Once the young form of the literary novel had decided, 250 years or so ago, that it would do more than tell stories, that it was uniquely suited by its access to inward psychological development and boundless narrative to explore ‘human nature’ and that that would be, for many writers and readers, its highest aim, then you would have thought that most ambitious novelists would have looked to see what conditions of existence offered them the most extreme and therefore, presumably, most rewarding circumstances for their study.
War, surely, would have been the answer. If the writing of fiction had been undertaken by scientists, they would certainly have seized on the dramatic potential of armed conflicts for their experiments. […]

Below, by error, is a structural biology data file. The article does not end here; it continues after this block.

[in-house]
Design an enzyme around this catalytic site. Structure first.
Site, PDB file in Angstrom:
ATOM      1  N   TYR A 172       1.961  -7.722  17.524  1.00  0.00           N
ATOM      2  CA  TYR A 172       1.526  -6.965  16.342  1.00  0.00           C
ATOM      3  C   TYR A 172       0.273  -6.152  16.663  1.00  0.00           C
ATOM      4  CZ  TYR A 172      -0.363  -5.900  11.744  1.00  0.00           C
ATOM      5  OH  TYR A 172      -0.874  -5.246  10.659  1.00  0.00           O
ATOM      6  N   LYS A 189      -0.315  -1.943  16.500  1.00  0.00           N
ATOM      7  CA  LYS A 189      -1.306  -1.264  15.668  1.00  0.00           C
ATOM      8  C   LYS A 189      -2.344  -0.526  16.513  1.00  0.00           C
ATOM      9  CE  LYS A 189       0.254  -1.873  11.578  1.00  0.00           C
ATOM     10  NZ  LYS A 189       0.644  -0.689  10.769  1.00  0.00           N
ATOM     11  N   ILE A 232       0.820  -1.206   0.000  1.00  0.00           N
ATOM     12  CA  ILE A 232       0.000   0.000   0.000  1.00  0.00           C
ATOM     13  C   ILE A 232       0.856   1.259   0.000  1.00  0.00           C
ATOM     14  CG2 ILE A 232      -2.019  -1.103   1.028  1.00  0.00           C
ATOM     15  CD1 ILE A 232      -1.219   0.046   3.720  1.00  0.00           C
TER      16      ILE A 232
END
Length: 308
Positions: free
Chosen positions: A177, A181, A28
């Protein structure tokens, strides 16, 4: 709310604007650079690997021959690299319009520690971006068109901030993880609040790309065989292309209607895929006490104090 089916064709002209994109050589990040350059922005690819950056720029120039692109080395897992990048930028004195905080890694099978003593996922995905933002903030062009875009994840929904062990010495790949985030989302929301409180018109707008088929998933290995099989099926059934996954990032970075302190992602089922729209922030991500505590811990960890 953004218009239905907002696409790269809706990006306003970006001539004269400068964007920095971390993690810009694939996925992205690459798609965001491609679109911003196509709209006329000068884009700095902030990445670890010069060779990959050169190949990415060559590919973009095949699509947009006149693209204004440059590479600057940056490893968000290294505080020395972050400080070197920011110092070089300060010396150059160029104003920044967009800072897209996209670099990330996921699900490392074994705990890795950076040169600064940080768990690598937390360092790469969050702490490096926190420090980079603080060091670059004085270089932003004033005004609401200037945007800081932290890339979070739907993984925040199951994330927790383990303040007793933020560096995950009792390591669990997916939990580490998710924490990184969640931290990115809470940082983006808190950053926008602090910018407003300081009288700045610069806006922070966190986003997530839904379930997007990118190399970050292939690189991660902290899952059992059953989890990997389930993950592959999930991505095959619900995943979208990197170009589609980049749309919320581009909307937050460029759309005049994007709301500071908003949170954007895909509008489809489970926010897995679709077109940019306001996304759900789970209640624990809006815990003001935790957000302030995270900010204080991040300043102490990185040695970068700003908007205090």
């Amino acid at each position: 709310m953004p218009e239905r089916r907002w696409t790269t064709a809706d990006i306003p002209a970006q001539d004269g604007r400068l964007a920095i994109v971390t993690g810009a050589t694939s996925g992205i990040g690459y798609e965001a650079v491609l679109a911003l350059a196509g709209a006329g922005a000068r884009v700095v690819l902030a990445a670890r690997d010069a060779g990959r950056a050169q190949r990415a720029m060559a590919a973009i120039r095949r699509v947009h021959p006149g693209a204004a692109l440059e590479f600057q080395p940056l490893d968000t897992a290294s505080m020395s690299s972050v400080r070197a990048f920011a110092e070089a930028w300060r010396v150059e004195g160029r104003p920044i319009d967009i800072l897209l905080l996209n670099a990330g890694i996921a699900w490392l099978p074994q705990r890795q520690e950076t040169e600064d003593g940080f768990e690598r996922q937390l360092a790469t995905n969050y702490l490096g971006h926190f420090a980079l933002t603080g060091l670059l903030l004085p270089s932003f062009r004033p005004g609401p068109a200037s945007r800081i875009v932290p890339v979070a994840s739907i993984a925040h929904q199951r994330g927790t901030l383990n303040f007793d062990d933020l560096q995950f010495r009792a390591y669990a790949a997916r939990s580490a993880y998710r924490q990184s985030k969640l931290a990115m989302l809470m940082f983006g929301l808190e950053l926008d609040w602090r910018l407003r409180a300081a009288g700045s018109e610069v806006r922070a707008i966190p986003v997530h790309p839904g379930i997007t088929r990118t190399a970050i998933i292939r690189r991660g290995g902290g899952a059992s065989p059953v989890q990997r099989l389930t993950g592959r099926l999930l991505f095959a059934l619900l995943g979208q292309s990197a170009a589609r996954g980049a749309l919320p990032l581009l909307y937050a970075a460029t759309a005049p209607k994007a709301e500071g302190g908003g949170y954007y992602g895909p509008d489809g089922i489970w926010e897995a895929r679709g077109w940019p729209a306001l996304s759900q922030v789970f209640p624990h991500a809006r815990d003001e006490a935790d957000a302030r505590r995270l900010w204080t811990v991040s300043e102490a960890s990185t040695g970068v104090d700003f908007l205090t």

Artists, however, aren’t like that.
That is Sebastian Faulks introducing The Vintage Book of War Fiction, a book of extracts from novels set in wars of the twentieth century.
It’s an excellent collection but, as it happens, a poor choice for bedtime reading under any circumstances, most of all when you spend most of your day talking and writing and worrying about war, and especially when you wake in the morning, look out the window, and see only the twisted wreckage of a city pounded senseless.
Our bedside tables back in New Haven are an equally gruesome site. Jeannie’s is the worst. In the tall stack I’m quite sure there’s not a single book without at least one of the words “genocide”, “killers”, or “violence” in the title. What must the guests think?
I have just about reached my limit. Suggestions for (non-fiction) bedtime reading from blog readers are welcome. But no war, please.